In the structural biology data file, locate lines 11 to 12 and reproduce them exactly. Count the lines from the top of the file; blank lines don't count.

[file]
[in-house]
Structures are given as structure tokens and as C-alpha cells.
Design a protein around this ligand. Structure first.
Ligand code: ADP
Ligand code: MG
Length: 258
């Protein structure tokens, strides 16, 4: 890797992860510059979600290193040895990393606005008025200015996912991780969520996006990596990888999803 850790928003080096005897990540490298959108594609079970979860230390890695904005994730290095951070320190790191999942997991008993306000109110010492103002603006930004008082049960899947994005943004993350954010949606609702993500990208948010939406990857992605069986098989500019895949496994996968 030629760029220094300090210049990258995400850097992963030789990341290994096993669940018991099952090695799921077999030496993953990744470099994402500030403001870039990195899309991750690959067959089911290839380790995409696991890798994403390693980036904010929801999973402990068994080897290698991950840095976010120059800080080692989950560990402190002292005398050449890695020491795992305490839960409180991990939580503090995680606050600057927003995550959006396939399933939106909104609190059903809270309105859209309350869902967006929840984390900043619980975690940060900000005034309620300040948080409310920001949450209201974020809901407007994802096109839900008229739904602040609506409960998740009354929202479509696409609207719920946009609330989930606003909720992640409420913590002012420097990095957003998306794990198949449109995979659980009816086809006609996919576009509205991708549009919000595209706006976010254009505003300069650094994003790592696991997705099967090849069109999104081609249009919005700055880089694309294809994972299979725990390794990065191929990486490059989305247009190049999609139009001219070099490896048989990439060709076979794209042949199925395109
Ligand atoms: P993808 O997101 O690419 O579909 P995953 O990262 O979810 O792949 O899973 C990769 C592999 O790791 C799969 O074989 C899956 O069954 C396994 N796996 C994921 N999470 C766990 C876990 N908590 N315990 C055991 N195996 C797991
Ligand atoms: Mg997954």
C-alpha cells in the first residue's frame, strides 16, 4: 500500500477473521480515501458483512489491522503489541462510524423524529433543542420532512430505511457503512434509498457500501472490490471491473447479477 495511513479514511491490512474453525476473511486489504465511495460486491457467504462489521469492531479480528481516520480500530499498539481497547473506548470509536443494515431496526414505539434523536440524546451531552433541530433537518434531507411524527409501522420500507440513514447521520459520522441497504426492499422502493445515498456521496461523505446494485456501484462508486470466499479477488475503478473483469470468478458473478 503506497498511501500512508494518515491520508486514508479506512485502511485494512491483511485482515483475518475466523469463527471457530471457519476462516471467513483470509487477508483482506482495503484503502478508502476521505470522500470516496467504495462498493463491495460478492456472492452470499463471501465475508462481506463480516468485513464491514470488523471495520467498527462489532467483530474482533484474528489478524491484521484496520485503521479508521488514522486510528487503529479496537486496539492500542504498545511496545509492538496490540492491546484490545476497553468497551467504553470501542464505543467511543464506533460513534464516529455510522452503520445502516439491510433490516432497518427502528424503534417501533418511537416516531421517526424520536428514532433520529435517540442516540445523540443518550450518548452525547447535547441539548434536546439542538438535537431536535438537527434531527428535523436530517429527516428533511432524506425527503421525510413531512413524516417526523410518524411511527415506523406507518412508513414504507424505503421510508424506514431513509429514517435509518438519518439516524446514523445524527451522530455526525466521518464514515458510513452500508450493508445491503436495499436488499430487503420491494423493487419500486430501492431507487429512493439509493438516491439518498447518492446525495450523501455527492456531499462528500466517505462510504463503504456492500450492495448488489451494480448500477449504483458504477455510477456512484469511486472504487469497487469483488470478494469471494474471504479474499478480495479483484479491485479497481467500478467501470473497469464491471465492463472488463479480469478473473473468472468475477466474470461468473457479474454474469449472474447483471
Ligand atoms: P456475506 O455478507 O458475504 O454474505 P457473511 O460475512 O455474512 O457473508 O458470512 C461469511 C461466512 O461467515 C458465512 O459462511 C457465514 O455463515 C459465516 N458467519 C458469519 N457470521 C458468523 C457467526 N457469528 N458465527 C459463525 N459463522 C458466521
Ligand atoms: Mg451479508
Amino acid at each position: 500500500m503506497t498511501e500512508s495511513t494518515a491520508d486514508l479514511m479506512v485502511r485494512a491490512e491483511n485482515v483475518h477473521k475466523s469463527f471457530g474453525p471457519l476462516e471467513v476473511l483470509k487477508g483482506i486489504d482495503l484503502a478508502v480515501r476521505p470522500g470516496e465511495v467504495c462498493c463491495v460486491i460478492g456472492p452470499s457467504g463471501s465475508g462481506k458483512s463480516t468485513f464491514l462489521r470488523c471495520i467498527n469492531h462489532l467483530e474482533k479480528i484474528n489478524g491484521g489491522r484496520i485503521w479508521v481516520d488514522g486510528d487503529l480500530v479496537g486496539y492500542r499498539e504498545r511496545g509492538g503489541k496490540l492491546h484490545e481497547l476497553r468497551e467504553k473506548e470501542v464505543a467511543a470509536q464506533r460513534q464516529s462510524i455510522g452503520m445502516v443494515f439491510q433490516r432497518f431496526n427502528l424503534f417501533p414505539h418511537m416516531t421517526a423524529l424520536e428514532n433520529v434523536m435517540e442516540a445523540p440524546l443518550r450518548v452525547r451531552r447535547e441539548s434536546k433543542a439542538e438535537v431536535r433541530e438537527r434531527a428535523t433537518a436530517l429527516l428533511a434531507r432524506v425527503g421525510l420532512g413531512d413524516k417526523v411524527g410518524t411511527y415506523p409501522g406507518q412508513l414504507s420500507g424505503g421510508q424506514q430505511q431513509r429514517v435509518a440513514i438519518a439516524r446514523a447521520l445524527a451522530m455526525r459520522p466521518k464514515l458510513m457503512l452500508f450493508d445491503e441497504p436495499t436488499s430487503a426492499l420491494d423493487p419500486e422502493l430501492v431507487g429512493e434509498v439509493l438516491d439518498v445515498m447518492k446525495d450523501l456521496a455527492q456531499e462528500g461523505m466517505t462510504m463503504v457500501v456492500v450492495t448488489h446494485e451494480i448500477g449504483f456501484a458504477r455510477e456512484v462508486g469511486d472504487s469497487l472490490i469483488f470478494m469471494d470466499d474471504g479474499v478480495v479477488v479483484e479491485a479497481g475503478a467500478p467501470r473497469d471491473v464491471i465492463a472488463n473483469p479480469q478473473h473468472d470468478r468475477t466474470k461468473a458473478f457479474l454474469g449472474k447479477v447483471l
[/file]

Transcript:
Ligand atoms: P456475506 O455478507 O458475504 O454474505 P457473511 O460475512 O455474512 O457473508 O458470512 C461469511 C461466512 O461467515 C458465512 O459462511 C457465514 O455463515 C459465516 N458467519 C458469519 N457470521 C458468523 C457467526 N457469528 N458465527 C459463525 N459463522 C458466521
Ligand atoms: Mg451479508